I’m in Boulder, Colorado right now with Trevor Hart, leading a Sounds True event about trusting the invisible forces of love to guide you in your life. Yesterday, we spent all day talking about how we can invoke spiritual guidance, the tools and practices that can help you receive guidance, and what gets in the way of opening to this kind of guidance. Today, we’ll be focusing on the tricky topic of discernment.
He cheated on his wife with a much younger employee.
She abandoned her newborn baby.
He drinks until he beats his children.
She manipulates her feminine wiles to get what she wants from men.
He took their hard-earned money and then squandered it for selfish motives.
She killed him.
He raped her.
She sells her body for money.
He heads up a sex trafficking ring.
She molests children.
He sells drugs to teenagers.
You might judge all of these people, labeling them as “immoral” or “wrong.” But as I described in my blog about being “spiritual but not religious,” I think spirituality is largely about choosing to withhold judgment, trusting that everyone’s soul is on its own journey, learning what it’s here to learn, and everyone is entitled to their own journey. I’m in no way condoning such behavior, but what if, instead of your judgment, you could perceive these individuals as suffering beings and offer them your love and compassion instead? What if Reverend John Watson was right when he said, “Be kind, for everyone you meet is fighting a hard battle?” What if we all grew our empathy muscles instead of judging?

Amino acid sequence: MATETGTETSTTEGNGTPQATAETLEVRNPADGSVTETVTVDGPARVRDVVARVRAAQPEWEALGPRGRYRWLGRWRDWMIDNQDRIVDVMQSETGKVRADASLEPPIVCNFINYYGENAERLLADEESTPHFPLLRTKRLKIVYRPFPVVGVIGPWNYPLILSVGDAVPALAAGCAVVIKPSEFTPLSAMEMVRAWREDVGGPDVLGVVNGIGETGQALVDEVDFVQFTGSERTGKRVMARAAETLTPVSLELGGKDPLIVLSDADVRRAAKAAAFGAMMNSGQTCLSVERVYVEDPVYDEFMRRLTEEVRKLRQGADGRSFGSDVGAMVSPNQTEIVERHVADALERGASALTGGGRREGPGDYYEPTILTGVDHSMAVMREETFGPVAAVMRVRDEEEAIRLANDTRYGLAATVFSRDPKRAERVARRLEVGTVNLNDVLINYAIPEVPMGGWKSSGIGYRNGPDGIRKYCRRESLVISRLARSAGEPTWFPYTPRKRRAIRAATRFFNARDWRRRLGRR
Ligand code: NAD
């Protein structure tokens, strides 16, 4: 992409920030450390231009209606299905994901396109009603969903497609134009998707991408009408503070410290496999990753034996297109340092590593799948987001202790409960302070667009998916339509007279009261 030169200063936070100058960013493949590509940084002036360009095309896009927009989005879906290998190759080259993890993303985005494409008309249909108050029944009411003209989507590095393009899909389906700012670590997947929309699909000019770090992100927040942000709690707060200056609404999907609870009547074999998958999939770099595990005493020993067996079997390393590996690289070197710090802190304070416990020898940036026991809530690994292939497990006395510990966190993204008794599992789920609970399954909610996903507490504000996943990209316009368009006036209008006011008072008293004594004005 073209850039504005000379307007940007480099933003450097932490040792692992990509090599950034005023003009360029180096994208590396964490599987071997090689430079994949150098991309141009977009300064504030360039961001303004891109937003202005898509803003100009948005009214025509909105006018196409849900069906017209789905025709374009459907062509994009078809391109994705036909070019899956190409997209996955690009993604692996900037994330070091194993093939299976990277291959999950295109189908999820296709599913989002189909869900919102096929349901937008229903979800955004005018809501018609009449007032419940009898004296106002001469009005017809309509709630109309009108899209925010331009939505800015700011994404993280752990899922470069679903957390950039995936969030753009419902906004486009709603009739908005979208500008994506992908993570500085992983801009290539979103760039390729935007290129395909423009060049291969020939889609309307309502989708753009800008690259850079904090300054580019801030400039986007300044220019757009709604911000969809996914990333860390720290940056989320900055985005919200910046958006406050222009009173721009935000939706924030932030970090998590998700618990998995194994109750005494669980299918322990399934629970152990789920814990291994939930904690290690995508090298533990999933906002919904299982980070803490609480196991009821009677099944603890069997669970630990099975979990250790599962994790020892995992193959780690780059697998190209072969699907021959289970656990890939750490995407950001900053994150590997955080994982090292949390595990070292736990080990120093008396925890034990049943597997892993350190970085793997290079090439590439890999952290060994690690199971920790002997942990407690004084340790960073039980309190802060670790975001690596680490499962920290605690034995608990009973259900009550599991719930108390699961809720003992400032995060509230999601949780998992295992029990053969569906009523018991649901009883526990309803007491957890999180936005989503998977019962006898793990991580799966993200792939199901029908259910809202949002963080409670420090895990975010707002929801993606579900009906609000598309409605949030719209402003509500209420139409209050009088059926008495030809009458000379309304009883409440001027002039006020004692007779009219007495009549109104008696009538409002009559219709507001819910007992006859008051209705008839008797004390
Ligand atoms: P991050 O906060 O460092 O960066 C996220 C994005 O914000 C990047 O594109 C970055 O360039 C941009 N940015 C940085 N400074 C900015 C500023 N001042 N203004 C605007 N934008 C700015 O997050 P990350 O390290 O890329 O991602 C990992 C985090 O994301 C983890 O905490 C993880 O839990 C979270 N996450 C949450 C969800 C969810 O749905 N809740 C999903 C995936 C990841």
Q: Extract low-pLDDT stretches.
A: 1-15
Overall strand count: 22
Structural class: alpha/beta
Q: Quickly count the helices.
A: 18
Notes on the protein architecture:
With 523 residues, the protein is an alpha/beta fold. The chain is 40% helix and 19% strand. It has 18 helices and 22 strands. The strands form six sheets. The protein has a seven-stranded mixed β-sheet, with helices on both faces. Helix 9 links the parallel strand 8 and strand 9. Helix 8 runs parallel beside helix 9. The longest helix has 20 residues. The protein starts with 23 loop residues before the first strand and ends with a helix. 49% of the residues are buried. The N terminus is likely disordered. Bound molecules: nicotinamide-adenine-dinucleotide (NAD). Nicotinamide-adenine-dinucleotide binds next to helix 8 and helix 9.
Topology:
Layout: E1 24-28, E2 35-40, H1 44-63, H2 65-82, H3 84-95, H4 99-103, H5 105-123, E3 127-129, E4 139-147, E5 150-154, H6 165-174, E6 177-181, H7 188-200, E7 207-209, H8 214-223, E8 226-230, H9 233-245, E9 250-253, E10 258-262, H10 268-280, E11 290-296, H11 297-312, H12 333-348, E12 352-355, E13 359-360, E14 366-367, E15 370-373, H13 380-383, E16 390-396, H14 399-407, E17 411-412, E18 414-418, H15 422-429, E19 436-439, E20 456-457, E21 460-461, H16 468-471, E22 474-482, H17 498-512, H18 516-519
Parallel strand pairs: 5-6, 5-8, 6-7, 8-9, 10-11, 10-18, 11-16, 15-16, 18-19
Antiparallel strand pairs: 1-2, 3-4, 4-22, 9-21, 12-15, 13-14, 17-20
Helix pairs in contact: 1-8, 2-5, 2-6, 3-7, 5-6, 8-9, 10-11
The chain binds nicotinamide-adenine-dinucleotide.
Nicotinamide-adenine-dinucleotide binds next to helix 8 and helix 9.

If we’re not mindful, it’s easy to plunge into the New Year with a sense of lack, disappointment, or frustration about what didn’t go perfectly. But when we take a moment to reflect back on what we are grateful for, what went well, and how much we’ve accomplished, it shifts your perception from a glass half-empty perspective to a glass half-full one, and that type of shift attracts more abundance, joy, love, and success.
So I invite you to try this two-part exercise. Today, we’ll focus on Part One, and in the next blog post, we’ll complete the exercise.
Start by reflecting back over 2012, starting last January. Pull out your calendar if your memory needs a jog. Make a list of your accomplishments - not just professional ones, but personal or spiritual growth areas as well.
I’ll go first.